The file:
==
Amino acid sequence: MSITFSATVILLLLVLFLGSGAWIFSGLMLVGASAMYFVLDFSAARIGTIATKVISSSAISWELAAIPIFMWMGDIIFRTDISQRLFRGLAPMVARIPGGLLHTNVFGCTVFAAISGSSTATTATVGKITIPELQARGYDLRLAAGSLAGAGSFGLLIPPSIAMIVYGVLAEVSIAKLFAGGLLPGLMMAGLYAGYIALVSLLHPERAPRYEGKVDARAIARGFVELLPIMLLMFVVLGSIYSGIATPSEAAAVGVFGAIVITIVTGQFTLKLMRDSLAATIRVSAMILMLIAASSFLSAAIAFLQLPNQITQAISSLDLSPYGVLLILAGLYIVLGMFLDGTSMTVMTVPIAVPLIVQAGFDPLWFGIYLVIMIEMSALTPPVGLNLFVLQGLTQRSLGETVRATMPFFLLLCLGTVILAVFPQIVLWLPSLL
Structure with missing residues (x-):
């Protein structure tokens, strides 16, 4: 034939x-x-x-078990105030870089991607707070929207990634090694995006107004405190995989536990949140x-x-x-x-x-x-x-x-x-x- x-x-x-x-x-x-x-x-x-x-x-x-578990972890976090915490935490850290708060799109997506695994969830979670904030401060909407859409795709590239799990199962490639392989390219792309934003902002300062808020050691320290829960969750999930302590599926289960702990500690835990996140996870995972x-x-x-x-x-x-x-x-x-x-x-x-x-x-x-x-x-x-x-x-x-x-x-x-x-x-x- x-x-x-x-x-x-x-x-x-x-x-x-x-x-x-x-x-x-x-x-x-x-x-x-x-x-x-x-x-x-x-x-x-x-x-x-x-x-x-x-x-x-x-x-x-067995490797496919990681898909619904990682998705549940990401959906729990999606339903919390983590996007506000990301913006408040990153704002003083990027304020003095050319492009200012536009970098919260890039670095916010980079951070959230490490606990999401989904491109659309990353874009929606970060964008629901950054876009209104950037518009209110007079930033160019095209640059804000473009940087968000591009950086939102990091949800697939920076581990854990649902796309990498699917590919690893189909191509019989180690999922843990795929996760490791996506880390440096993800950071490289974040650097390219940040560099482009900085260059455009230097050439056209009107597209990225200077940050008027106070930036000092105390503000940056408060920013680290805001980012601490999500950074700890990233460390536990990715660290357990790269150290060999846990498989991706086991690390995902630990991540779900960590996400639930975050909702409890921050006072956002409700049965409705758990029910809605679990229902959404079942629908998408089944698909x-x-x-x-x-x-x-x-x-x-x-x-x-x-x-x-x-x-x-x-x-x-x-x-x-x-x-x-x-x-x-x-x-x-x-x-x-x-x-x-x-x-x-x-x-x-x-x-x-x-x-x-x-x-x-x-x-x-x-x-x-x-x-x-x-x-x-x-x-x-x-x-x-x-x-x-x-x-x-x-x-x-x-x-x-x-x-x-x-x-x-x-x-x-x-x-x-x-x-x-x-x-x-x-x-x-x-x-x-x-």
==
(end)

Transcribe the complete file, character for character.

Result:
Amino acid sequence: MSITFSATVILLLLVLFLGSGAWIFSGLMLVGASAMYFVLDFSAARIGTIATKVISSSAISWELAAIPIFMWMGDIIFRTDISQRLFRGLAPMVARIPGGLLHTNVFGCTVFAAISGSSTATTATVGKITIPELQARGYDLRLAAGSLAGAGSFGLLIPPSIAMIVYGVLAEVSIAKLFAGGLLPGLMMAGLYAGYIALVSLLHPERAPRYEGKVDARAIARGFVELLPIMLLMFVVLGSIYSGIATPSEAAAVGVFGAIVITIVTGQFTLKLMRDSLAATIRVSAMILMLIAASSFLSAAIAFLQLPNQITQAISSLDLSPYGVLLILAGLYIVLGMFLDGTSMTVMTVPIAVPLIVQAGFDPLWFGIYLVIMIEMSALTPPVGLNLFVLQGLTQRSLGETVRATMPFFLLLCLGTVILAVFPQIVLWLPSLL
Structure with missing residues (x-):
């Protein structure tokens, strides 16, 4: 034939x-x-x-078990105030870089991607707070929207990634090694995006107004405190995989536990949140x-x-x-x-x-x-x-x-x-x- x-x-x-x-x-x-x-x-x-x-x-x-578990972890976090915490935490850290708060799109997506695994969830979670904030401060909407859409795709590239799990199962490639392989390219792309934003902002300062808020050691320290829960969750999930302590599926289960702990500690835990996140996870995972x-x-x-x-x-x-x-x-x-x-x-x-x-x-x-x-x-x-x-x-x-x-x-x-x-x-x- x-x-x-x-x-x-x-x-x-x-x-x-x-x-x-x-x-x-x-x-x-x-x-x-x-x-x-x-x-x-x-x-x-x-x-x-x-x-x-x-x-x-x-x-x-067995490797496919990681898909619904990682998705549940990401959906729990999606339903919390983590996007506000990301913006408040990153704002003083990027304020003095050319492009200012536009970098919260890039670095916010980079951070959230490490606990999401989904491109659309990353874009929606970060964008629901950054876009209104950037518009209110007079930033160019095209640059804000473009940087968000591009950086939102990091949800697939920076581990854990649902796309990498699917590919690893189909191509019989180690999922843990795929996760490791996506880390440096993800950071490289974040650097390219940040560099482009900085260059455009230097050439056209009107597209990225200077940050008027106070930036000092105390503000940056408060920013680290805001980012601490999500950074700890990233460390536990990715660290357990790269150290060999846990498989991706086991690390995902630990991540779900960590996400639930975050909702409890921050006072956002409700049965409705758990029910809605679990229902959404079942629908998408089944698909x-x-x-x-x-x-x-x-x-x-x-x-x-x-x-x-x-x-x-x-x-x-x-x-x-x-x-x-x-x-x-x-x-x-x-x-x-x-x-x-x-x-x-x-x-x-x-x-x-x-x-x-x-x-x-x-x-x-x-x-x-x-x-x-x-x-x-x-x-x-x-x-x-x-x-x-x-x-x-x-x-x-x-x-x-x-x-x-x-x-x-x-x-x-x-x-x-x-x-x-x-x-x-x-x-x-x-x-x-x-």